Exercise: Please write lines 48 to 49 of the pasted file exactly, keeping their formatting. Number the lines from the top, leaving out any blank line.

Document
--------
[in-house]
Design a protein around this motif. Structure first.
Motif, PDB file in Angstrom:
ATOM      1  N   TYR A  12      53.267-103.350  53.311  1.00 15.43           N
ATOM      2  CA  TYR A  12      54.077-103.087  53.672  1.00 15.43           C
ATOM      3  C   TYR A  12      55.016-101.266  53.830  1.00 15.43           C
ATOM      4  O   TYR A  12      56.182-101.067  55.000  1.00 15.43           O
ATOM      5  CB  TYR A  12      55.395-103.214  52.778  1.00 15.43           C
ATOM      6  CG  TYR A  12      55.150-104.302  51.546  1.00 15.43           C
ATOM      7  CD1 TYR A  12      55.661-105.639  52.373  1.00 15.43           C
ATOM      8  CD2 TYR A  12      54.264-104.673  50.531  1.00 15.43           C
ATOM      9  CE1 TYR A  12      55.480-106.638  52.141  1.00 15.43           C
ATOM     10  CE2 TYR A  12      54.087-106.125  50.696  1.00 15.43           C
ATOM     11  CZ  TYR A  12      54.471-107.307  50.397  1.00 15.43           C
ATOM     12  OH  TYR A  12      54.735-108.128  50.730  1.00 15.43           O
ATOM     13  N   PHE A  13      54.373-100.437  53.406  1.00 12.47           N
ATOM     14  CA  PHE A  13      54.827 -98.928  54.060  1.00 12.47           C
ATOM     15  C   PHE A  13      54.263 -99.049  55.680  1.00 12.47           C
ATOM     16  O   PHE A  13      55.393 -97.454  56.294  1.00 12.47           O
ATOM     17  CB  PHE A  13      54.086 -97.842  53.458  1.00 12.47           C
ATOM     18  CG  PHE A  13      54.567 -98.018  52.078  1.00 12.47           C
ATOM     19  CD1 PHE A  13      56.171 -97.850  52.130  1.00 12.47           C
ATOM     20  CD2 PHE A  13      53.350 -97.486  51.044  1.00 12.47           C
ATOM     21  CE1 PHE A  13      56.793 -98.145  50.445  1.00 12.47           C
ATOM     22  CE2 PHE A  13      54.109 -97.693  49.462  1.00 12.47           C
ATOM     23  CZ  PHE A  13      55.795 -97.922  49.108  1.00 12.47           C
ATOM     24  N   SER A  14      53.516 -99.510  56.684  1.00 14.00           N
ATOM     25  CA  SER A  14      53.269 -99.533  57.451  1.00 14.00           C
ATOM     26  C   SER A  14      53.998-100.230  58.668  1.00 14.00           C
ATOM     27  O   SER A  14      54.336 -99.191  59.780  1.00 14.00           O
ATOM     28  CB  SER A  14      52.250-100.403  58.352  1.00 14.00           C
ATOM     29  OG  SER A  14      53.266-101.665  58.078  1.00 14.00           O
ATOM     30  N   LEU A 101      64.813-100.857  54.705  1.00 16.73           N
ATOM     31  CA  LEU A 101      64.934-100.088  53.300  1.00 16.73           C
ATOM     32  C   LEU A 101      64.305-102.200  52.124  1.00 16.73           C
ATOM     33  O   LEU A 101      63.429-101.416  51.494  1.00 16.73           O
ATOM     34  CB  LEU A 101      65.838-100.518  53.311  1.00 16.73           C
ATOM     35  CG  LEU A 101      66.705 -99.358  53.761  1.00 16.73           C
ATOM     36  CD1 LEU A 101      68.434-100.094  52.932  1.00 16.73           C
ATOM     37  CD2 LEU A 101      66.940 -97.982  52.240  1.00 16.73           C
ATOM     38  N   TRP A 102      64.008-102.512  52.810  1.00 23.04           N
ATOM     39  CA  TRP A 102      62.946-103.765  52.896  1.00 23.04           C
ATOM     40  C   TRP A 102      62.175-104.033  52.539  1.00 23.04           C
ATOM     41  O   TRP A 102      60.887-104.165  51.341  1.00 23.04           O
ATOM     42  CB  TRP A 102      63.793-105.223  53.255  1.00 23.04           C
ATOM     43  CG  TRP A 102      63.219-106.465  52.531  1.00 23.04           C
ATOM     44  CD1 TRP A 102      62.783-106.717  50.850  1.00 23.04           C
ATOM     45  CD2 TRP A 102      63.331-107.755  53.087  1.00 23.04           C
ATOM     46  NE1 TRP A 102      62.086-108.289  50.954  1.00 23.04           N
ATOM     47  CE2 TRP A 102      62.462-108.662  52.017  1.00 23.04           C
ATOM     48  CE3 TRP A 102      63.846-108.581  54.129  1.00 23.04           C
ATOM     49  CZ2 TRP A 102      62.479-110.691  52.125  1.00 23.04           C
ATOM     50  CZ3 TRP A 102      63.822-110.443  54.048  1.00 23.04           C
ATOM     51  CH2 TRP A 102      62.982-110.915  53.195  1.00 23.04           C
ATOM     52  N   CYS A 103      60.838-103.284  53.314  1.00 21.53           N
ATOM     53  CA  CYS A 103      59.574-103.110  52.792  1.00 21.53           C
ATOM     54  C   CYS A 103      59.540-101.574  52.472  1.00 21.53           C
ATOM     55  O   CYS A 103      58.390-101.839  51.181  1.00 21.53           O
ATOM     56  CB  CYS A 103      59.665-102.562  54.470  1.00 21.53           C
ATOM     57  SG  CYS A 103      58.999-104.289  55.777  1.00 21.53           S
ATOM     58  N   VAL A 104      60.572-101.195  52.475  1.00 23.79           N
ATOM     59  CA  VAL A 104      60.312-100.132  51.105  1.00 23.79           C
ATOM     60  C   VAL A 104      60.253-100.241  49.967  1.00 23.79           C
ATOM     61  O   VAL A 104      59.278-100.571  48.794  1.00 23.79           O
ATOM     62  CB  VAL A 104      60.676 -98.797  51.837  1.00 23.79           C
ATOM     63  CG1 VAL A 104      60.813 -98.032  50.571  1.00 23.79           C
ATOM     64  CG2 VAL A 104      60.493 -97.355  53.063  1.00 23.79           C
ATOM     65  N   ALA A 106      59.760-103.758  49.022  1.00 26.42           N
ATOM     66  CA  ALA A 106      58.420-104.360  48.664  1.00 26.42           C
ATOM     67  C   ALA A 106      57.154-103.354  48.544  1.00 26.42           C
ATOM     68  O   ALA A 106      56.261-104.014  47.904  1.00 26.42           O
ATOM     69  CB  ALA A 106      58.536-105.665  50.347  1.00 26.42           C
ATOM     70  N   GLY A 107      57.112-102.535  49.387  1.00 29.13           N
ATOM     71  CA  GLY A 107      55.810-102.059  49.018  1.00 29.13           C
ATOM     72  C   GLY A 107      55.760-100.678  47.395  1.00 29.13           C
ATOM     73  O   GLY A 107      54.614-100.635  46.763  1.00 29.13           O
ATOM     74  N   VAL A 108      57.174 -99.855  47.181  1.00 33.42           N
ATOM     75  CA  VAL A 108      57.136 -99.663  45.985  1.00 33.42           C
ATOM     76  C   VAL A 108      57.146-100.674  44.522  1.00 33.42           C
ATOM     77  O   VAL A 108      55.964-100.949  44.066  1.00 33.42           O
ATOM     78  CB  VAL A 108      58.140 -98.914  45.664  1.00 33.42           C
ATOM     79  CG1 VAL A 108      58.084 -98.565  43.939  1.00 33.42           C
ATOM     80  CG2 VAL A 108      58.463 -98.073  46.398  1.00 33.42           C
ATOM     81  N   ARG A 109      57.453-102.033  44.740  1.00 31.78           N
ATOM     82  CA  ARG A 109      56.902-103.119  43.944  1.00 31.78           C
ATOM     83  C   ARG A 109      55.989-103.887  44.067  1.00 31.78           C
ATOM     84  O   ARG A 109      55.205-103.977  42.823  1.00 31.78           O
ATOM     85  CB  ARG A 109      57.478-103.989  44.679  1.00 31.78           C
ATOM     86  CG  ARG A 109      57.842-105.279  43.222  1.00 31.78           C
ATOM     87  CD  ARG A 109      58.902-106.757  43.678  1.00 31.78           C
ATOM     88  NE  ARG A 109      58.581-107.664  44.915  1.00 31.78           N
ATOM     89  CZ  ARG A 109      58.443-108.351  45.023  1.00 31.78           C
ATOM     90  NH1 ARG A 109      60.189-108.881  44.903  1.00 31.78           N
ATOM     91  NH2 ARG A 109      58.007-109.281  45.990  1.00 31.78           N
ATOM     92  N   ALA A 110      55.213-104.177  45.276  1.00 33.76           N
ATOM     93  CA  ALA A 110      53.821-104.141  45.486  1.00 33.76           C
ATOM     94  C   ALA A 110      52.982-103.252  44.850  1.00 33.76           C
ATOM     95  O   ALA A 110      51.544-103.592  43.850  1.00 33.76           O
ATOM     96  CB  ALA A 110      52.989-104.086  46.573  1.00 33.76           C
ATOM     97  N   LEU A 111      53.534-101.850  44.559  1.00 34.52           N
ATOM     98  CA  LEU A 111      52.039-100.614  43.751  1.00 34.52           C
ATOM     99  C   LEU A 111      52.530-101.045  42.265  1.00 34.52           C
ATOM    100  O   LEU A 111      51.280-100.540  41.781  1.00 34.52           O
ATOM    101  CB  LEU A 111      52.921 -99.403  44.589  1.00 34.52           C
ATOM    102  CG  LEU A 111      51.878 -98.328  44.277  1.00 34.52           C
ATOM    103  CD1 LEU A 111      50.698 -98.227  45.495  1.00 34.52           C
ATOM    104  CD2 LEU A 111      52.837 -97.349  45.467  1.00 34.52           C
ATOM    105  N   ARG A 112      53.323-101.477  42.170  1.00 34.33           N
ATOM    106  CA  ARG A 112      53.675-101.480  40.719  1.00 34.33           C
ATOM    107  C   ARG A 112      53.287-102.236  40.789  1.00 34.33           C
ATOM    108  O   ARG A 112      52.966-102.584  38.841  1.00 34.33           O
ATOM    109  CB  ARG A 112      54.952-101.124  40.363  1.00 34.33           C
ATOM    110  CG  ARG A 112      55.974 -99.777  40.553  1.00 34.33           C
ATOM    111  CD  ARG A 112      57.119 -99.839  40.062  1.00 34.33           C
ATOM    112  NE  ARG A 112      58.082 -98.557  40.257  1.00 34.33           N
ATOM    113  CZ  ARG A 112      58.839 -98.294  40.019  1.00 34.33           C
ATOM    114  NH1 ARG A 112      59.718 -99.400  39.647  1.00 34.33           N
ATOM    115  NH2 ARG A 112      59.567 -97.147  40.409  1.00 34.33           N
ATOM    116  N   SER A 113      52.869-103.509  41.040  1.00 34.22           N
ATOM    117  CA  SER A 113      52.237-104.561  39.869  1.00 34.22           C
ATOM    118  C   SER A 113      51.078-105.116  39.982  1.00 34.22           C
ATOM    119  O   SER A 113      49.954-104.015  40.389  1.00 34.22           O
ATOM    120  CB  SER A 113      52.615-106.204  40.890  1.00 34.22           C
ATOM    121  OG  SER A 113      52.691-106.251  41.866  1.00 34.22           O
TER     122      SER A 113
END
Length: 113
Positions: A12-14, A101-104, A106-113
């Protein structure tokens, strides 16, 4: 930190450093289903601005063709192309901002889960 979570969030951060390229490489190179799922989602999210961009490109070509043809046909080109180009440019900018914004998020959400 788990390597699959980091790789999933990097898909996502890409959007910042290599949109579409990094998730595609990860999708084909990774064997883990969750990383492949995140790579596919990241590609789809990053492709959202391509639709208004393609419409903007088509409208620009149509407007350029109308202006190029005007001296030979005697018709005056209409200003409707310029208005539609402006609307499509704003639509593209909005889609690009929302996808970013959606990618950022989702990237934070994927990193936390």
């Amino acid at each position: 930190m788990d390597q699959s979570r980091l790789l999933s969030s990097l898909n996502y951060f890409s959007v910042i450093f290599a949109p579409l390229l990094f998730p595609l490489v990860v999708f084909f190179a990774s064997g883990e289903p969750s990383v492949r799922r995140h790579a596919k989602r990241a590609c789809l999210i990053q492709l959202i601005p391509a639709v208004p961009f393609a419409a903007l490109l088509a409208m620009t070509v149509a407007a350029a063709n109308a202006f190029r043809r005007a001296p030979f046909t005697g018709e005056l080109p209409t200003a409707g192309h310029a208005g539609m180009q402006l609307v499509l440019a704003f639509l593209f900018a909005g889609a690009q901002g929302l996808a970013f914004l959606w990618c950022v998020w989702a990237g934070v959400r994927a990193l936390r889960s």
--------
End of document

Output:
ATOM     45  CD2 TRP A 102      63.331-107.755  53.087  1.00 23.04           C
ATOM     46  NE1 TRP A 102      62.086-108.289  50.954  1.00 23.04           N